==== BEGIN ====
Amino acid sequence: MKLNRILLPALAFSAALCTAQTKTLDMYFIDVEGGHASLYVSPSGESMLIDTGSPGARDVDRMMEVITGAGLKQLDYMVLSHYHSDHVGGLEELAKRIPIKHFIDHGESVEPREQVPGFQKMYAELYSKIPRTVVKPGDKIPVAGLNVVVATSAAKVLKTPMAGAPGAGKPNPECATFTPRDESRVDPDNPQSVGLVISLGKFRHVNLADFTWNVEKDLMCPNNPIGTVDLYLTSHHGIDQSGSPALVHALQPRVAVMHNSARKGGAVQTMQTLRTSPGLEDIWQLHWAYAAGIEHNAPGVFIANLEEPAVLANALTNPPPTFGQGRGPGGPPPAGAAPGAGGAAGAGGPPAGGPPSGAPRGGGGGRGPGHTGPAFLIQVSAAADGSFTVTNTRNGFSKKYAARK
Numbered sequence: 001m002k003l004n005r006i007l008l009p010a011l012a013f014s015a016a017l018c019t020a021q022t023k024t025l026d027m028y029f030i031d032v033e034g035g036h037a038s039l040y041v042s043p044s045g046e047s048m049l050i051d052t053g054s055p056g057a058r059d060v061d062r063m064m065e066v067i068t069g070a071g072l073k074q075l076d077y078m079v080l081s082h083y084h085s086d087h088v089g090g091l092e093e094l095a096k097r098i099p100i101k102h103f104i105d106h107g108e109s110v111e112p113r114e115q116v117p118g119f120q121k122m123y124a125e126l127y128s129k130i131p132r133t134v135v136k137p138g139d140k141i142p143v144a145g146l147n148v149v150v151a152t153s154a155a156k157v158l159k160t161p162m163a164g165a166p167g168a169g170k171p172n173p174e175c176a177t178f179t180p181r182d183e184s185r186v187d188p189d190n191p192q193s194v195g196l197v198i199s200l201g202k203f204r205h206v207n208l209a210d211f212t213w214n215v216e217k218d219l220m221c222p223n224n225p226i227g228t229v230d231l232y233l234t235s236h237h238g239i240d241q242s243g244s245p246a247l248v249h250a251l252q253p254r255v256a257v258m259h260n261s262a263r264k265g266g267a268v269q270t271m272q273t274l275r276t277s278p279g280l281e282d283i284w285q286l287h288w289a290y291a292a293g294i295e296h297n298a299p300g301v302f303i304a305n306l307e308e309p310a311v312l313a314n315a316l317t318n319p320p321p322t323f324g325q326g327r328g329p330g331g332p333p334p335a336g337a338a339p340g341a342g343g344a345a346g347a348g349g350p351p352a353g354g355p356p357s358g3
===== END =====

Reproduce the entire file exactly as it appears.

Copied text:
Amino acid sequence: MKLNRILLPALAFSAALCTAQTKTLDMYFIDVEGGHASLYVSPSGESMLIDTGSPGARDVDRMMEVITGAGLKQLDYMVLSHYHSDHVGGLEELAKRIPIKHFIDHGESVEPREQVPGFQKMYAELYSKIPRTVVKPGDKIPVAGLNVVVATSAAKVLKTPMAGAPGAGKPNPECATFTPRDESRVDPDNPQSVGLVISLGKFRHVNLADFTWNVEKDLMCPNNPIGTVDLYLTSHHGIDQSGSPALVHALQPRVAVMHNSARKGGAVQTMQTLRTSPGLEDIWQLHWAYAAGIEHNAPGVFIANLEEPAVLANALTNPPPTFGQGRGPGGPPPAGAAPGAGGAAGAGGPPAGGPPSGAPRGGGGGRGPGHTGPAFLIQVSAAADGSFTVTNTRNGFSKKYAARK
Numbered sequence: 001m002k003l004n005r006i007l008l009p010a011l012a013f014s015a016a017l018c019t020a021q022t023k024t025l026d027m028y029f030i031d032v033e034g035g036h037a038s039l040y041v042s043p044s045g046e047s048m049l050i051d052t053g054s055p056g057a058r059d060v061d062r063m064m065e066v067i068t069g070a071g072l073k074q075l076d077y078m079v080l081s082h083y084h085s086d087h088v089g090g091l092e093e094l095a096k097r098i099p100i101k102h103f104i105d106h107g108e109s110v111e112p113r114e115q116v117p118g119f120q121k122m123y124a125e126l127y128s129k130i131p132r133t134v135v136k137p138g139d140k141i142p143v144a145g146l147n148v149v150v151a152t153s154a155a156k157v158l159k160t161p162m163a164g165a166p167g168a169g170k171p172n173p174e175c176a177t178f179t180p181r182d183e184s185r186v187d188p189d190n191p192q193s194v195g196l197v198i199s200l201g202k203f204r205h206v207n208l209a210d211f212t213w214n215v216e217k218d219l220m221c222p223n224n225p226i227g228t229v230d231l232y233l234t235s236h237h238g239i240d241q242s243g244s245p246a247l248v249h250a251l252q253p254r255v256a257v258m259h260n261s262a263r264k265g266g267a268v269q270t271m272q273t274l275r276t277s278p279g280l281e282d283i284w285q286l287h288w289a290y291a292a293g294i295e296h297n298a299p300g301v302f303i304a305n306l307e308e309p310a311v312l313a314n315a316l317t318n319p320p321p322t323f324g325q326g327r328g329p330g331g332p333p334p335a336g337a338a339p340g341a342g343g344a345a346g347a348g349g350p351p352a353g354g355p356p357s358g3